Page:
Michigan State University implemented new safety measures during all athletic game-days to ensure anyone on campus during game-day can enjoy the game without the worry.
MSU student Toby Smith said he feels safer than ever during games.
“I think there are a lot of people to control but I have never felt an issue, so I know they are doing a good job,” said Smith, a sophomore living in South Neighborhood. “The student section is definitely very rowdy, a lot of people, hype, and excitement for the game, but that’s what makes it fun.”
Metal detectors were added to Spartan Stadium, which holds a maximum capacity of 75,000. The detectors are also in place at Munn Ice Arena, the Tennis Center, and the Wharton Center for Performing Arts.
There are also new rules on building access after certain hours. Those who wish to enter campus buildings are required to have a student ID. These new measures follow the school shooting that took place Feb. 13.
Game-days at MSU mean large crowds. Dana Whyte, spokesperson for MSU Police and Public Safety, shared ways the police department on campus is helping to keep students safe.
“We’re always looking for ways to improve safety here on campus, as the Department of Police and Public Safety. That’s our number one goal, to make students and faculty feel safe. With the amount of people coming on game day it just makes sense to install metal detectors in Spartan Stadium,” Whyte said.
Some international students are experiencing American football for the first time at MSU. Originally from Argentina, Victoria Redruello said stress doesn’t affect her during the excitement of game days because she knows the police and school officials are effectively performing their jobs.
“I am very excited, I love seeing everyone hanging around and going to games, the vibe is very upbeat,” said Redruello, a junior in mechanical engineering, “I just went to the football game with my boyfriend and that was a fun experience.”
Tailgating is another huge tradition at MSU that requires effort to keep students safe on and off campus. Overcrowding is a common problem every game throughout the streets of Grand River. The bars, and the campus itself are swarmed with sometimes angry, or even overjoyed fans. Maria Basaldua, who came from Panama, said she finds these crowds stressful at times and wishes there was more control on exactly who is allowed where.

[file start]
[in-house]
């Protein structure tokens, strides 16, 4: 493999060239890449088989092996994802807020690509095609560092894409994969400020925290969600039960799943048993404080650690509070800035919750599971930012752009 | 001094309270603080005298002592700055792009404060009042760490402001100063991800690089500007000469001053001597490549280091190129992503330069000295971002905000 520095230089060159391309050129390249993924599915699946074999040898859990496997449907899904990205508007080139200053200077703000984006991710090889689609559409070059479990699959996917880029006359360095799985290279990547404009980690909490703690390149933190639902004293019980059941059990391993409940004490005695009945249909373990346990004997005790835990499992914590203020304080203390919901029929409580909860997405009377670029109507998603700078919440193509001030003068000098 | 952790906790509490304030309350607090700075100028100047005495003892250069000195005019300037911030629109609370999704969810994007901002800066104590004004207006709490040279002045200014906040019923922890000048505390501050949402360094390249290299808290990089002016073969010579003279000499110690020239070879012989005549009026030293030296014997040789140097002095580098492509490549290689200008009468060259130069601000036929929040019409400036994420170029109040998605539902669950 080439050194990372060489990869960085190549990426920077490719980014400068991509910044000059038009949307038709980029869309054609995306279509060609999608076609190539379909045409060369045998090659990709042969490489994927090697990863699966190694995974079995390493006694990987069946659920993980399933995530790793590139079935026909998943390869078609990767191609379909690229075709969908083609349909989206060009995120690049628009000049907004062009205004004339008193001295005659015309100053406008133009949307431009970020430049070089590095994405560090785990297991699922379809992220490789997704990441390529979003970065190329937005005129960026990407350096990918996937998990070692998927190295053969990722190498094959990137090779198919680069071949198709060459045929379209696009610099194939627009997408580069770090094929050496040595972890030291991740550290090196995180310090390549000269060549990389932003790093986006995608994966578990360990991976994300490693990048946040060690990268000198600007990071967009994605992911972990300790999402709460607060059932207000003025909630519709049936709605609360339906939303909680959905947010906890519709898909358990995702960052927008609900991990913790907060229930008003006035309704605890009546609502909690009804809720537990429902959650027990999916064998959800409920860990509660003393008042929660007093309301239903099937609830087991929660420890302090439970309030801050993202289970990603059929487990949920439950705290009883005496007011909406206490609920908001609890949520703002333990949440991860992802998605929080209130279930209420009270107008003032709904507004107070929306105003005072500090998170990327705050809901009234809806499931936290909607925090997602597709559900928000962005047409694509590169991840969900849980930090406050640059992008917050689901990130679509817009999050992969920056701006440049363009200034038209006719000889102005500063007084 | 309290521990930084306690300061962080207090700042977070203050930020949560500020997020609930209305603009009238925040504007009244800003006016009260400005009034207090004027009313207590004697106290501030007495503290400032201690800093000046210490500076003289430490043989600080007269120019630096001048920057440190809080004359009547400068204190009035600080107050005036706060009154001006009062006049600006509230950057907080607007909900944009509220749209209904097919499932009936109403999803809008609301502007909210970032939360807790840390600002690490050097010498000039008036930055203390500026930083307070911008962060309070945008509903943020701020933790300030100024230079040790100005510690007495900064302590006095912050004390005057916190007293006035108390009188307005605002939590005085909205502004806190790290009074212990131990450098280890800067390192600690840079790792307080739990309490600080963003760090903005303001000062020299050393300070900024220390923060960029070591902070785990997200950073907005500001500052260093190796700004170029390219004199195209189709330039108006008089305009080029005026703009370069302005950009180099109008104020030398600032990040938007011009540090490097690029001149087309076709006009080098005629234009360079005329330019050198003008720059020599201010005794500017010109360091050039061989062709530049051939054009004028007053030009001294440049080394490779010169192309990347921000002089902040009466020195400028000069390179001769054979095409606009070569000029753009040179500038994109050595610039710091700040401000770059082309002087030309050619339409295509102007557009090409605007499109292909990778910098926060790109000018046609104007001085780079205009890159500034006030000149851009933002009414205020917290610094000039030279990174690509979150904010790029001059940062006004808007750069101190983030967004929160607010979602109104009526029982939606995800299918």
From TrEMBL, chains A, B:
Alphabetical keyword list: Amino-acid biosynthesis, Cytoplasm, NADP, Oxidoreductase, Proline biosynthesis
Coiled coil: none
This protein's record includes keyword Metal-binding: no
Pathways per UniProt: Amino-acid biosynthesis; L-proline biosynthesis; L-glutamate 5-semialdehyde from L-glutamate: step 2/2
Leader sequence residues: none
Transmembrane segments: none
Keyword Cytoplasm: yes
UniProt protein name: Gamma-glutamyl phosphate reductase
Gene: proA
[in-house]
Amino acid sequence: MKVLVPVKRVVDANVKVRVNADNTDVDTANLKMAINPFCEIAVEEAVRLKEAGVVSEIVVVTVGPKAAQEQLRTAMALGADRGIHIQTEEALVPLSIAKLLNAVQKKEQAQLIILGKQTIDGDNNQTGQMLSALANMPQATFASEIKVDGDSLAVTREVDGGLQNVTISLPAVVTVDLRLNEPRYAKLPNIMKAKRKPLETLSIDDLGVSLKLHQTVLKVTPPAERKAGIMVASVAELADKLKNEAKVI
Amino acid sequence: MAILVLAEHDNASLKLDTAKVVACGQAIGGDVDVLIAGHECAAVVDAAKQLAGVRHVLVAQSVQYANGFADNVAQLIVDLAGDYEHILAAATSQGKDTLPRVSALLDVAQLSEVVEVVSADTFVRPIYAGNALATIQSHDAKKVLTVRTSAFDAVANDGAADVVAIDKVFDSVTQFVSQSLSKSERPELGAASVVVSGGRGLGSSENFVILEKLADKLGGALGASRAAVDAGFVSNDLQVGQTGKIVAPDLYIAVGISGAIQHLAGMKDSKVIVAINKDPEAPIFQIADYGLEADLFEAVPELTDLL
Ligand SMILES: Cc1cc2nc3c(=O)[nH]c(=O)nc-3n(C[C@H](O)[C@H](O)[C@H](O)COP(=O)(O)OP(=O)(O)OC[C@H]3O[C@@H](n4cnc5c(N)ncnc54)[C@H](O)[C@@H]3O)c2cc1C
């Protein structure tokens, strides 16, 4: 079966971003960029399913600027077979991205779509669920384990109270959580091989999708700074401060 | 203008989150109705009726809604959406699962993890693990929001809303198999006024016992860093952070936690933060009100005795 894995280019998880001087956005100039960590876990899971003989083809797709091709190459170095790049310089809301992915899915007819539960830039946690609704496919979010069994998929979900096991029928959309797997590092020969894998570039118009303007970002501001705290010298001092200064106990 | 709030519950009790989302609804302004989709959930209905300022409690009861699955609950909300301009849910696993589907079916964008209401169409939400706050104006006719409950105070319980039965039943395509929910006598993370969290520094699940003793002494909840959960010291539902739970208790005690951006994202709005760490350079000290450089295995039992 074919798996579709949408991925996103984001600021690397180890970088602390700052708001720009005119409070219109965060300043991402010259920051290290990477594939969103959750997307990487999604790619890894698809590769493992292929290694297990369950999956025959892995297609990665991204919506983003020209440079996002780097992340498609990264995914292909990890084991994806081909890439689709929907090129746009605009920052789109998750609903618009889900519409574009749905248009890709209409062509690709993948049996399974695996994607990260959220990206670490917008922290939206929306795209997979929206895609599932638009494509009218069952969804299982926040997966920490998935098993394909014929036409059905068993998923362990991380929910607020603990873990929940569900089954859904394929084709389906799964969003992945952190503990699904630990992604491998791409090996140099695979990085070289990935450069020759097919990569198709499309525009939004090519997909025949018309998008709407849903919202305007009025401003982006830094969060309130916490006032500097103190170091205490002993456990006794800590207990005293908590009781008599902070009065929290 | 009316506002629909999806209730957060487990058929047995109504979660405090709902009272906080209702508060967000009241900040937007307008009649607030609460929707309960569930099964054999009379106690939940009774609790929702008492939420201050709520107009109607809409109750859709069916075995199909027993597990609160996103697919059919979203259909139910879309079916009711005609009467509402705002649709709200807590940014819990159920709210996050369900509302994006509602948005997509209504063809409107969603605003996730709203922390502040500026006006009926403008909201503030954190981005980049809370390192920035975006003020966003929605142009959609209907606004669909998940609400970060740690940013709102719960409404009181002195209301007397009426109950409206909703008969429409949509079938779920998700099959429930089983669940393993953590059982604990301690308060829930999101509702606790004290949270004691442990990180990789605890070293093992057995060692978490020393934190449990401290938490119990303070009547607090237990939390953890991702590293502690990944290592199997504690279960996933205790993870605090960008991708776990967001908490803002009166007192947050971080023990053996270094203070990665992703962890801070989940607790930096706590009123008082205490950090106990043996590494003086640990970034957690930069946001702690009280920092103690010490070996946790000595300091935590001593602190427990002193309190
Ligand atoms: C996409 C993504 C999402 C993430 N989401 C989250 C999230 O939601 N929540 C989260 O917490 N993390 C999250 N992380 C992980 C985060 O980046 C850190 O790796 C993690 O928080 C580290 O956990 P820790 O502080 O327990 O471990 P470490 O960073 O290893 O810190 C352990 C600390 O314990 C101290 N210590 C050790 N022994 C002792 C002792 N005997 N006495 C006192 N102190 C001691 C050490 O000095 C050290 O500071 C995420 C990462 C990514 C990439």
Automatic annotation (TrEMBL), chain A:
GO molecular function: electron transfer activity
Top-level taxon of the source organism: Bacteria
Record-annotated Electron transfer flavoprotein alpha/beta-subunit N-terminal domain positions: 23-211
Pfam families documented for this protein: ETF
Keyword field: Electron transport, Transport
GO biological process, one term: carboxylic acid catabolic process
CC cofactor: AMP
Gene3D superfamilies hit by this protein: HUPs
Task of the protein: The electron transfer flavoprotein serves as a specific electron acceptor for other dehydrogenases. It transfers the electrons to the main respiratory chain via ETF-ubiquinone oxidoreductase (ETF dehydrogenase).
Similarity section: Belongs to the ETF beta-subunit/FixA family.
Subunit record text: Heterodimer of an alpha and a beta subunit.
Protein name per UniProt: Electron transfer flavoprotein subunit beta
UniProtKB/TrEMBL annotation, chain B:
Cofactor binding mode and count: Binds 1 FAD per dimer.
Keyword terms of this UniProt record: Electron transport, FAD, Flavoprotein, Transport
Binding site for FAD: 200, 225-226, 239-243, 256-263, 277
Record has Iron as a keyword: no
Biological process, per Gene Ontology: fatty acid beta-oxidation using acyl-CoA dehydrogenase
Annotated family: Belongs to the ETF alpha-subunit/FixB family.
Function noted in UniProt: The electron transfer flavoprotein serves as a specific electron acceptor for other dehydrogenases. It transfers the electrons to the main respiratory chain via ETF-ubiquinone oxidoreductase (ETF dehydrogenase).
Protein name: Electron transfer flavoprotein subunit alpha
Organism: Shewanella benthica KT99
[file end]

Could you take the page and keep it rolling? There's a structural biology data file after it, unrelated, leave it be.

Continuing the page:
“Grand River was pretty messy, but inside the (bars) there were a lot of people which made me nervous, and I am much more careful on game days,” said Basaldua, who is studying environmental engineering, “I have yet to go to the football games, but I have gone to on campus tailgates, those feel safer when I go I feel safe for the most part.”
MSU plans to add additional safety measures throughout the campus and not only for football events. For now students feel they are safe to attend the games even considering all that has happened, said student Toby Smith.
“I feel safe a lot of the time I go with friends or groups of people I know,” said Smith while sitting outside of Case Dining Hall. “I think it’s crowded, but I think it’s fun.”
Moving forward, MSU has recognized the importance of safety in all its venues. Whyte said that no matter the capacity, each athletic game deserves safety consistency. Safety comes from both the officers put in place to protect, but also the community. It is important that visitors utilize the buddy system, and the police department’s phone lines or 911 in emergencies. As well as helping others in need when situations do not seem right.
“If you see something say something, you can’t assume someone else will report something because a lot of times it will not get reported,” Whyte said. “As Spartans we are here to protect one another.”